I’ve been neglecting this blog lately, though continuing to write news stories for the Journal. [Read more…]
“It’s just more welfare for the rich that’s so popular among the paid-for Republicrats infesting the government like termites,” he says.
According to Cuomo’s office, the bill provides:
- Tax credits to low-income families who send their children to nonpublic schools,
- Scholarships to low- and middle-income students to attend either a public school outside of their district or a nonpublic school,
- Incentives to public schools for enhanced educational programming (like after school programs); and,
- Tax credits to public school teachers for the purchase of supplies.
I support all those provisions. And while a tax credit would enable donors to get back part of the money they give away to private or public schools, it would put more money into the education system, not less.
Our new Assemblywoman, Carrie Woerner, is another opponent of the Cuomo proposal, according to a mailing I got from New York State United Teachers, the union. Woerner’s votes on education issues have closely followed the NYSUT line, but I do not agree with Van Zwisohn’s position that people on the other side of an argument are necessarily “paid-for.” I have no reason to doubt that Woerner and Zwisohn sincerely believe they are striving to protect public education by opposing Cuomo’s plan.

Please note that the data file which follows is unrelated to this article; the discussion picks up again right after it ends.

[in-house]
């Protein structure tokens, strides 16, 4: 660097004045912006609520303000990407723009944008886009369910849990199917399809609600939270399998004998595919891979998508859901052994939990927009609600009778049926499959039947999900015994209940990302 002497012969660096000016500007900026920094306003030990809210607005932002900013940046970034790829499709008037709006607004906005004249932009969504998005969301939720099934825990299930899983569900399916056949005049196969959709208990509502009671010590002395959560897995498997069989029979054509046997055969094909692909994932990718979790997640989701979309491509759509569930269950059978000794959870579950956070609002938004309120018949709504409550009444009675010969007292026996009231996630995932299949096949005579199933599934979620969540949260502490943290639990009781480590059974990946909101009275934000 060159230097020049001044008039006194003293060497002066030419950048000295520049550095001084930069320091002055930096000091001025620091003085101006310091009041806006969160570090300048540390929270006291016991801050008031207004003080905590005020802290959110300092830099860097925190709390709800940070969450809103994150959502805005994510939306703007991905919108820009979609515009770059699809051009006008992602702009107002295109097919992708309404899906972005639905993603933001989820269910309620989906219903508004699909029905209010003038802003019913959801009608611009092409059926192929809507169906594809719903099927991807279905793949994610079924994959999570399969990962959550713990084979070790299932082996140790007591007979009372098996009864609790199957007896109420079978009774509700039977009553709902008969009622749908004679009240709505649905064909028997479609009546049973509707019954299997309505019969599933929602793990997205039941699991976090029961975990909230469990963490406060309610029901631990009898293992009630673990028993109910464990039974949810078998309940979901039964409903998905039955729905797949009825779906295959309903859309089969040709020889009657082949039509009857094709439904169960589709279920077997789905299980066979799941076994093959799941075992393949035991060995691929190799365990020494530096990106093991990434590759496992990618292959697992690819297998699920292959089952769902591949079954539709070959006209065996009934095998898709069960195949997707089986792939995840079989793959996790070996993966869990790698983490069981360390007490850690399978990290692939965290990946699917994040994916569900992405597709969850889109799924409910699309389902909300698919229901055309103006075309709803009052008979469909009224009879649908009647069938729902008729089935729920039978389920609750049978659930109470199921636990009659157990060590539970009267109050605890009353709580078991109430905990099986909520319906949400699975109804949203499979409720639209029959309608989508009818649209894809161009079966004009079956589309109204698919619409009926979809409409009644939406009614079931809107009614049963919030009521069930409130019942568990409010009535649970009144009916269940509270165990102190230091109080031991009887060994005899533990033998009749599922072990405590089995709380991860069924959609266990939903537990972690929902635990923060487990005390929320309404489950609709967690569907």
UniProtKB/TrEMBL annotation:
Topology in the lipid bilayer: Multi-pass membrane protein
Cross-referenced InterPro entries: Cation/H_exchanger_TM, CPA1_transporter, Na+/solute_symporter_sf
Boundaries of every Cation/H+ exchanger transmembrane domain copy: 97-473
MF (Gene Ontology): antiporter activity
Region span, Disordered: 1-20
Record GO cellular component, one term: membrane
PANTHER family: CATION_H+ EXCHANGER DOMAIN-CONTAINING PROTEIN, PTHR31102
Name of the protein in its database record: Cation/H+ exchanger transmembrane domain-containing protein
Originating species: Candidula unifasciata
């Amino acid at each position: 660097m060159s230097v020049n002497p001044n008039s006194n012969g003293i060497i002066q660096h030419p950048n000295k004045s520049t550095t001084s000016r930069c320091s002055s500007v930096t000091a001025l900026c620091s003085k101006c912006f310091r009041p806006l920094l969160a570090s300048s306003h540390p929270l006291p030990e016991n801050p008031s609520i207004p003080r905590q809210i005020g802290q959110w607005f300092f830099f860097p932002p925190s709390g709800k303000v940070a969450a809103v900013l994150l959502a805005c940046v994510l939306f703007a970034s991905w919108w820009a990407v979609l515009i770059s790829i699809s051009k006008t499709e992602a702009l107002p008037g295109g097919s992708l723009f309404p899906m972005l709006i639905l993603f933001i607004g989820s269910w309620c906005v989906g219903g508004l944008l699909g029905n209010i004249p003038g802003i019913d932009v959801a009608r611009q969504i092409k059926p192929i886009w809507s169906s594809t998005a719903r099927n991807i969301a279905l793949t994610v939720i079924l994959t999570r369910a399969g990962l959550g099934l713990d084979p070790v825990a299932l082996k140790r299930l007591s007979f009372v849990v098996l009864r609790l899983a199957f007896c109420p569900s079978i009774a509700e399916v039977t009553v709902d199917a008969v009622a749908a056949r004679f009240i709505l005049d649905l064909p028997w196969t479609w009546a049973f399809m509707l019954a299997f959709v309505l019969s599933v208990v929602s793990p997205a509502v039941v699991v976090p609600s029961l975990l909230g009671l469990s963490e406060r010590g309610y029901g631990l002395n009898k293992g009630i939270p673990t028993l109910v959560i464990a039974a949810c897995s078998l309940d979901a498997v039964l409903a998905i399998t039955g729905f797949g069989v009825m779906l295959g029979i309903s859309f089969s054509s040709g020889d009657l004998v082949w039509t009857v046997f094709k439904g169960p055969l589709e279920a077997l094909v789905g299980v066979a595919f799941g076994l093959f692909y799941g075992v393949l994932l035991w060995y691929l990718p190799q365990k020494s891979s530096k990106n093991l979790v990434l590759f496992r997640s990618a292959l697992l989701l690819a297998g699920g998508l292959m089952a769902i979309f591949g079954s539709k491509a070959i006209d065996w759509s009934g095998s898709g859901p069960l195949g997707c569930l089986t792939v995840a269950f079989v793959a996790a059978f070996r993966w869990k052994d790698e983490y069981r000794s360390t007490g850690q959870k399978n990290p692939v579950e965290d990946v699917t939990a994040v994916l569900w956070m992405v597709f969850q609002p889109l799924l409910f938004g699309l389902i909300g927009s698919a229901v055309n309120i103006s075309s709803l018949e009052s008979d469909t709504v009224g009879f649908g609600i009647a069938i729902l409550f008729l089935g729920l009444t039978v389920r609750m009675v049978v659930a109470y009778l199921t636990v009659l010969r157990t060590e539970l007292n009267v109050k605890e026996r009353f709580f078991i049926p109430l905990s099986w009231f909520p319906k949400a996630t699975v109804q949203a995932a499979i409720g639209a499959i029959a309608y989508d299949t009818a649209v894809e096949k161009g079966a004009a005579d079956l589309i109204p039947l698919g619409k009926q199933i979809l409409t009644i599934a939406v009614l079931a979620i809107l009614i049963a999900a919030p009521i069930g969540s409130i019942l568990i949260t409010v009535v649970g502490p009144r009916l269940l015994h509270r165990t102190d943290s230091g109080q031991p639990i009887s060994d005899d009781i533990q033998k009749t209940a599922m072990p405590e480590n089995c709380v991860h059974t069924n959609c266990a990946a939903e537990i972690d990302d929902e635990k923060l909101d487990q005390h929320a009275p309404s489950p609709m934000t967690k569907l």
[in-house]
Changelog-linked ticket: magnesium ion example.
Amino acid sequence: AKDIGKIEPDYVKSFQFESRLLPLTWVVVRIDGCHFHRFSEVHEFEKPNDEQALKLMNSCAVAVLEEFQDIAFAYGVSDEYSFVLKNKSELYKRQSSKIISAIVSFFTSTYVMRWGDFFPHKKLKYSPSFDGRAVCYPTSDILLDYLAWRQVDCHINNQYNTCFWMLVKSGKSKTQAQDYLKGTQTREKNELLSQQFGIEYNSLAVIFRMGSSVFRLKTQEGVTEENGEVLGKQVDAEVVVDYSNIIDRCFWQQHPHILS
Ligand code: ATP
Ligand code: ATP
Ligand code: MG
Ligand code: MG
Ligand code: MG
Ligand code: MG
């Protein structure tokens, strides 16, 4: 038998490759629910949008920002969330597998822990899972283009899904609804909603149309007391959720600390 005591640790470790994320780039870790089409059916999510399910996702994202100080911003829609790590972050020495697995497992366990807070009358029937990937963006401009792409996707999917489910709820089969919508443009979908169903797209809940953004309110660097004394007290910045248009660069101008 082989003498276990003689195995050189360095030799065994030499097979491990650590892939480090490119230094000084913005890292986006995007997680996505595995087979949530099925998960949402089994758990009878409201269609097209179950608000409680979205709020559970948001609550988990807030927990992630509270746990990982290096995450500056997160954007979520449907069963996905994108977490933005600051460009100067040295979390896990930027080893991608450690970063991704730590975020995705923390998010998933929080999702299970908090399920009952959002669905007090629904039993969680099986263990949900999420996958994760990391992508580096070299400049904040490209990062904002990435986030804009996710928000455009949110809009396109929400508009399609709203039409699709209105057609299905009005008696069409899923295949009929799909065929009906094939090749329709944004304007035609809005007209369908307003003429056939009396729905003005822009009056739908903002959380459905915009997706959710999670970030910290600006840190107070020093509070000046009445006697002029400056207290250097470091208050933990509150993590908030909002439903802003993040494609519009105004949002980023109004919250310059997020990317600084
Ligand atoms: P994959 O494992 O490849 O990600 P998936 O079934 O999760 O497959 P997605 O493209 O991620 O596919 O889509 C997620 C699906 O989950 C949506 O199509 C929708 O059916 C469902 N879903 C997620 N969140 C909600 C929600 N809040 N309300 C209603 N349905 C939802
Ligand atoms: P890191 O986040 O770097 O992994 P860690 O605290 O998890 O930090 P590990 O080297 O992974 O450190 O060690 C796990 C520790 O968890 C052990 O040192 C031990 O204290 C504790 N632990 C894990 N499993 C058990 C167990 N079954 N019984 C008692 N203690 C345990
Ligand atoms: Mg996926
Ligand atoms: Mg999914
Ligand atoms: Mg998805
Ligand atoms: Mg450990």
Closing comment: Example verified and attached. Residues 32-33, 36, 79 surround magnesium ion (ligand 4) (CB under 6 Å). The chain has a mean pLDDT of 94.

The Ballston Spa School District got a lower than expected increase in state aid this year compared with other districts, and that’s something local legislators might reasonably seek to address. They might also question whether new state programs such as Universal Pre-K are taking money away from more urgent needs in the public schools. They might wonder why the money-saving mandate relief that was promised with the property tax cap never materialized (hint: ask NYSUT).
But the pundits and politicians don’t need to take the NYSUT position that any program which might help any student in a Catholic or other private school is necessarily bad for public education. Most New Yorkers, including me, don’t agree with that logic, as is shown by recent polls.
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Sam Hazleton is running for a seat on the Shenendehowa Board of Education because he didn’t appreciate the way the board handled the transgender issue in December. [Read more…]
“The matter continues to be handled by our office,” Saratoga County District Attorney Karen Heggen told me yesterday, referring to the death last Sept. 21 of Daniel Satre in Ballston Spa. [Read more…]
If you were surprised by last week’s arrest of Assembly Speaker Sheldon Silver on federal corruption charges, you haven’t been paying attention.
Casting our attention north to the Saratoga Springs School District, we find an ongoing controversy between the superintendent, Michael Piccirillo, and the former school board president, Ernset Gailor, with the latter allegedly forced out by the former. [Read more…]